By DAVID DUPONT BG Independent News Howard’s Club H got to rocking a little early Saturday. At 2 p.m. the Mechanical Cat was on stage rapping about other worlds against a psychedelic background. The business at hand though was a centered on a very real world cause – helping the 10 or so employees of the Corner Grill, who have lost work because of the Feb. 1 fire. The Grill is a beloved part of the downtown scene, whether for folks people heading to work at dawn, the employees from the county courthouse down the block, or the late night revelers and the workers who serve them. It’s been that for decades. So Howard’s, another venerable downtown establishment, opened its doors to host the benefit that ran from early afternoon to early the next morning with a full slate of bands, as well as a buffet of home cooked food and raffle items. Howard’s employee Nikki Cordy who organized the benefit reported: “It was absolutely amazing. It certainly exceeded my expectations. We had perfect weather,everyone was in such a positive and fun mood,we ran on time,all the bands showed up & kicked ass,we raised over $4,000. I couldn’t possibly be happier.” Larry Cain, the owner of the Grill, said he was glad to see the turnout to help his employees. They’re a team, he said. He now expects the Grill will take three to four months to open its doors. A glance inside the diner shows a gutted interior. The linoleum counter, Cain said, has been saved. That’s good, given he wants to preserve as much of the eatery’s classic look as possible. He hopes when the Corner Grill reopens it will feature that old atmosphere but with a much improved operation for his workers, including space for another cook in the grill area. All that will take time working with disaster recovery, architects and construction crews. In the meantime, Patrick McDermott, the third shift cook at the Grill, said he was reaching out to places he used to work…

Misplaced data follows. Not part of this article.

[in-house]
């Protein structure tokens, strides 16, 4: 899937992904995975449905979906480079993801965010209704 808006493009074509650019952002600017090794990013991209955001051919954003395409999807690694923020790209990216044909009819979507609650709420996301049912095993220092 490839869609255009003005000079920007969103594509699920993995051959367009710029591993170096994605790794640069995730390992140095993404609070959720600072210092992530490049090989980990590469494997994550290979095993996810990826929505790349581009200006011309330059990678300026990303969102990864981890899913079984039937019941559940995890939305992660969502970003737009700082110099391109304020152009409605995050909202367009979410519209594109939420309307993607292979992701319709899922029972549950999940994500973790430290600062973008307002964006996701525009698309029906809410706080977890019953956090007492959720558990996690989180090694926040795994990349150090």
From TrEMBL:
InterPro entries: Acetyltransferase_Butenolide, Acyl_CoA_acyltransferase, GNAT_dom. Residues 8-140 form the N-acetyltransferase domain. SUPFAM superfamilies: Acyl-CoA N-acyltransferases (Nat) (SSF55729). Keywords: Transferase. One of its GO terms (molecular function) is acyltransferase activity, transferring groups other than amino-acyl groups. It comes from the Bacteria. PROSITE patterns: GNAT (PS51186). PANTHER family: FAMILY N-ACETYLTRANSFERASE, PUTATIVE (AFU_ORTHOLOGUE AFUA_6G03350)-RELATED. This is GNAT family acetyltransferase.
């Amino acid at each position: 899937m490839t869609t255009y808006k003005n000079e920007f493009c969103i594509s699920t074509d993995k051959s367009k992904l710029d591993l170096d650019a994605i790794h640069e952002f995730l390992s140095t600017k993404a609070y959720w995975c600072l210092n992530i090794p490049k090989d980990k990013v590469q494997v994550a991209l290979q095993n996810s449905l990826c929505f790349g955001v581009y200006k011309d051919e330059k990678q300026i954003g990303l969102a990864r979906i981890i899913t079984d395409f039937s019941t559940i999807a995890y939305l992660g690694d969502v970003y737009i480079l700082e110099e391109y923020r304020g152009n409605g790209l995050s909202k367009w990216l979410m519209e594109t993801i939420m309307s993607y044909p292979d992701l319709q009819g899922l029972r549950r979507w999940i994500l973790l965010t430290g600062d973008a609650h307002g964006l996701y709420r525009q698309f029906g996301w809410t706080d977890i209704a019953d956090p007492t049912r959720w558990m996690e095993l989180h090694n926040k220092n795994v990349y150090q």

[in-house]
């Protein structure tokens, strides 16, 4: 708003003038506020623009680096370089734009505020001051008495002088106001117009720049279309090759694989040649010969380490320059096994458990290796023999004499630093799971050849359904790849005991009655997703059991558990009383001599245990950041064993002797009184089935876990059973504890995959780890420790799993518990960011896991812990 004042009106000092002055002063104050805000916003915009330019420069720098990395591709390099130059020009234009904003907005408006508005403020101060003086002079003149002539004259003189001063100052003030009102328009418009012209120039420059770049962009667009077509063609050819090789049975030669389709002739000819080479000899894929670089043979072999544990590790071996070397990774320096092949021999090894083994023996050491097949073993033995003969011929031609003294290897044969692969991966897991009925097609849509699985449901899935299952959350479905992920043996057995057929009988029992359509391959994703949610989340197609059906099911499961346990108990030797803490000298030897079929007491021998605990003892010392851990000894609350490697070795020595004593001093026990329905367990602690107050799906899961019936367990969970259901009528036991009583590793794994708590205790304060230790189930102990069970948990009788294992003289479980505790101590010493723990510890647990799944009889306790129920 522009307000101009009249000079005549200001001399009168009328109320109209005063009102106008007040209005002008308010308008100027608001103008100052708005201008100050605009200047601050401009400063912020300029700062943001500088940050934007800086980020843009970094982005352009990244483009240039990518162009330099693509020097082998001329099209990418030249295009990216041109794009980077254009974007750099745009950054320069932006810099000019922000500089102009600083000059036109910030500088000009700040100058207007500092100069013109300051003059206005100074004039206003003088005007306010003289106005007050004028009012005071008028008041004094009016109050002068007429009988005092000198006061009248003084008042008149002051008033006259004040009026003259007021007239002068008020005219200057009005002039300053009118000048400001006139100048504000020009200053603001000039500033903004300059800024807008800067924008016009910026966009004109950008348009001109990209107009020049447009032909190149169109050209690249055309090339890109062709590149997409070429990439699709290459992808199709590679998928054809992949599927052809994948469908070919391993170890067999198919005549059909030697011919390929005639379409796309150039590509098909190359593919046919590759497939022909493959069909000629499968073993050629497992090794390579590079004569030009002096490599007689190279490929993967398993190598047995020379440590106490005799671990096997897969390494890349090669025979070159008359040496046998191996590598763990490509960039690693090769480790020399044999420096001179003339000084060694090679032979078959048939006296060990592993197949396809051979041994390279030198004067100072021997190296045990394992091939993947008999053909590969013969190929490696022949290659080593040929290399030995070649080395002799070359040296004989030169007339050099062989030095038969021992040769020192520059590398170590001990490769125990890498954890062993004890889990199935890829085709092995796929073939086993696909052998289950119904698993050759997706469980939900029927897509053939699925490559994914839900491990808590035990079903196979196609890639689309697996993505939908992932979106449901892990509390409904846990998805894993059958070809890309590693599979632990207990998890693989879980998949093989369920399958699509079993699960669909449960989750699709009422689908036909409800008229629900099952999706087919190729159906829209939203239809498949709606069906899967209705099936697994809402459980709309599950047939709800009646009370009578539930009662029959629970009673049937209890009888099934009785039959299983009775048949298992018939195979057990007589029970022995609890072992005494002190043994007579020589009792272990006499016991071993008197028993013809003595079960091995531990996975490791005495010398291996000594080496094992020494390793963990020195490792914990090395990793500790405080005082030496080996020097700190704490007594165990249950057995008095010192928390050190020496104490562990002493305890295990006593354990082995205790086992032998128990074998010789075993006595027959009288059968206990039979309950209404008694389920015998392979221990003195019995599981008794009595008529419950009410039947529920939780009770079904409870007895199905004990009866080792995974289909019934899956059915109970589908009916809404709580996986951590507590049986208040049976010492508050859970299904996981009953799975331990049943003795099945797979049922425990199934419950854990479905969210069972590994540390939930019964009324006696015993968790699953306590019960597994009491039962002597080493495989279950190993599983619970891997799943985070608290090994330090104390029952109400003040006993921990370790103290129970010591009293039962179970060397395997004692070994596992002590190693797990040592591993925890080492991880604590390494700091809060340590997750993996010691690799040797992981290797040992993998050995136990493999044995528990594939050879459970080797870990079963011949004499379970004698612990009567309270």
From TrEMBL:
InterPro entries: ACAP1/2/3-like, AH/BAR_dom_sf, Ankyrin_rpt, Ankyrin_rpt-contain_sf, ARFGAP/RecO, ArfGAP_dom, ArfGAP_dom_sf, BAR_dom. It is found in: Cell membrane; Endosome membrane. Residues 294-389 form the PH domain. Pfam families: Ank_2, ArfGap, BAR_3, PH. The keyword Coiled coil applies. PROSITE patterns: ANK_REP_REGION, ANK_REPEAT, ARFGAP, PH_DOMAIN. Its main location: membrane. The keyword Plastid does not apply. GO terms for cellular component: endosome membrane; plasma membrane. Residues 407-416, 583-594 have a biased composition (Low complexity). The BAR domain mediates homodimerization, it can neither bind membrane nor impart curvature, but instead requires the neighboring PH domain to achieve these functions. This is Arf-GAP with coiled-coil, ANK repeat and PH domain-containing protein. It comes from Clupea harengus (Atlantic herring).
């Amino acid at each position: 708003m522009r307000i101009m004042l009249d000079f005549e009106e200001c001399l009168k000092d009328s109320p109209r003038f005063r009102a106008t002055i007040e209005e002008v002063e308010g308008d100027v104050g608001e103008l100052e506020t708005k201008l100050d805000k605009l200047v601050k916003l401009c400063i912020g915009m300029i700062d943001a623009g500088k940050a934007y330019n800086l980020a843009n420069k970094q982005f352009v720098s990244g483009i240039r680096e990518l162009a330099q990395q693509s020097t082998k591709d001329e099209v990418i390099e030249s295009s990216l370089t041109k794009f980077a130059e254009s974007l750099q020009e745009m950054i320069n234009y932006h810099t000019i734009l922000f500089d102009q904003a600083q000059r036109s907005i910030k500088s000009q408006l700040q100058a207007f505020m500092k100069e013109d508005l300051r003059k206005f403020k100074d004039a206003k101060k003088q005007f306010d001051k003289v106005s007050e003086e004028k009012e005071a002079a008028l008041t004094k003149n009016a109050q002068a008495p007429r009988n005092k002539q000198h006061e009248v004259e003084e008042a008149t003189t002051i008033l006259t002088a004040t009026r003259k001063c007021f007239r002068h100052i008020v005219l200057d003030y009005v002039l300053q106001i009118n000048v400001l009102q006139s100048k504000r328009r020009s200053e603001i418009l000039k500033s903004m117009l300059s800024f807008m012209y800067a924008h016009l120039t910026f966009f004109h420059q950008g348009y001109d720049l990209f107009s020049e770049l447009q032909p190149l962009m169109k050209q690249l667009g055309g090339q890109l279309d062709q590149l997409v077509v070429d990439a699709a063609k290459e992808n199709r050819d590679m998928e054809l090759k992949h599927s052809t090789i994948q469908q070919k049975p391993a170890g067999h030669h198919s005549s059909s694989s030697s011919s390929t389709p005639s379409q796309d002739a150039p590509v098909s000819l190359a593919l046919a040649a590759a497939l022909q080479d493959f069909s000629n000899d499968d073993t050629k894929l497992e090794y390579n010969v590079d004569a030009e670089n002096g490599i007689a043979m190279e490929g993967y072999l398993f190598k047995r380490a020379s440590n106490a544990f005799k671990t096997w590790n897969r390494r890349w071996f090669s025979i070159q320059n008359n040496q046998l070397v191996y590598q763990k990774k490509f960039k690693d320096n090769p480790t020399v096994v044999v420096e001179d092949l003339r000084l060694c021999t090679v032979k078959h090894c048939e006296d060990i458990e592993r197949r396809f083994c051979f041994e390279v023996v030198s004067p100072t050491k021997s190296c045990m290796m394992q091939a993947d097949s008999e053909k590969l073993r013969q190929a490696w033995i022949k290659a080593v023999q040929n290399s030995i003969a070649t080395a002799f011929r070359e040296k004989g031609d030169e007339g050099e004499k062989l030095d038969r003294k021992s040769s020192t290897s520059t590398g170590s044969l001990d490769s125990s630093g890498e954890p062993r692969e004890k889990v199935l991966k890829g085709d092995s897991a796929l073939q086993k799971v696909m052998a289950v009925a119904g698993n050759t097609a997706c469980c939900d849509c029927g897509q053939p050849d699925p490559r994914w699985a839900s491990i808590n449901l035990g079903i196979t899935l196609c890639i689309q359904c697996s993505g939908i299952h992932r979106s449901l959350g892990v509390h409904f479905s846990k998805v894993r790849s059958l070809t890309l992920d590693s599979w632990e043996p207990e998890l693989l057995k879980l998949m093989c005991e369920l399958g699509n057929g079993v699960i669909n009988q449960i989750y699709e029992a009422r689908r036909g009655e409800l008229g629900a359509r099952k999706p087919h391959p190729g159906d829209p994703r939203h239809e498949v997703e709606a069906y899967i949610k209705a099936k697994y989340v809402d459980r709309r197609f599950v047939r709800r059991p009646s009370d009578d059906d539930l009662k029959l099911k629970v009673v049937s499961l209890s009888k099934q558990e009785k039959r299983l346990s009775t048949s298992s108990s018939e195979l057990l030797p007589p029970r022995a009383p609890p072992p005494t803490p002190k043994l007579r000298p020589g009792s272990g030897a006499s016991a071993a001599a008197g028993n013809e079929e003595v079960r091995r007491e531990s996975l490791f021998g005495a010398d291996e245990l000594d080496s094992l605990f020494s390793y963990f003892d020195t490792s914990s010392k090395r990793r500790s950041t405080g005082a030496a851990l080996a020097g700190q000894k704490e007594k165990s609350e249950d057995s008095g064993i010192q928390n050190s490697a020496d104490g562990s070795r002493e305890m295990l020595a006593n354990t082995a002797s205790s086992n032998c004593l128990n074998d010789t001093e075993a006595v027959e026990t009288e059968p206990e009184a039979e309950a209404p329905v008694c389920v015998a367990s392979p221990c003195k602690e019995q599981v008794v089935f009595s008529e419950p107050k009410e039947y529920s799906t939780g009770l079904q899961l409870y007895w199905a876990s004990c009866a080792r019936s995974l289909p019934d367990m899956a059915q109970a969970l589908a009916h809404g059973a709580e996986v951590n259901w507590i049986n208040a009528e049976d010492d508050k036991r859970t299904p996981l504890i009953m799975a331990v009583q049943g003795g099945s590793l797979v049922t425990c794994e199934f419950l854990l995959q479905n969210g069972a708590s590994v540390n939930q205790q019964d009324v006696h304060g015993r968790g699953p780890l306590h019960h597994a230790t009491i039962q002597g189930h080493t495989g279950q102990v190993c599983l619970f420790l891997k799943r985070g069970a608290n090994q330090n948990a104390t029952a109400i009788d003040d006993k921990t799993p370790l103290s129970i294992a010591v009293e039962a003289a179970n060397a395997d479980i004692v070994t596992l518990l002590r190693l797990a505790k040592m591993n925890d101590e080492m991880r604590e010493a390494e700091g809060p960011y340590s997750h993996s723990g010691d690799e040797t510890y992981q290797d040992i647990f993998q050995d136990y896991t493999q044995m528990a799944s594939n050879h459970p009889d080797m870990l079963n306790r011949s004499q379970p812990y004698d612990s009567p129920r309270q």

Activist Rosa Clemente to give keynote address at BGSU Black Issues Conference

Rosa Clemente, the 2008 Green party vice presidential candidate, will be the keynote speaker for the 17th annual Black Issues Conference at BGSU. The conference, which features a wide range of research and creative presentations by students, faculty and staff, will start at 9 a.m. Saturday, Feb. 27, in the Bowen-Thompson Student Union. Presentations will include visual and performing arts and critical analyses of contemporary black society and culture from across the academic spectrum. Special emphasis is placed on current social and political movements, such as #BlackLivesMatter, and the issues of importance to black communities as we look ahead to the 2016 election cycle. Clemente’s keynote presentation will begin at 12:30 p.m. In addition to her political run in 2008, Clemente has spoken widely on issues of Afro-Puerto Rican identity, feminism and hip-hop activism. She is a graduate of SUNY-Albany and Cornell University and has studied and lectured across the country on nationalist movements, particularly those involving young people of color. She frequently speaks on youth participation in politics. Over the last 20 years, she has written for Clamor Magazine, The Final Call, The Black World Today and The Ave. Clemente’s intersectional approach to black identity and politics is especially timely. Registration is free for BGSU students and $15 for all others. Deadline was Feb. 12. For information contact Stephanie Rader at srader@bgsu.edu.


Pro Musica celebrates music students’ travels near & far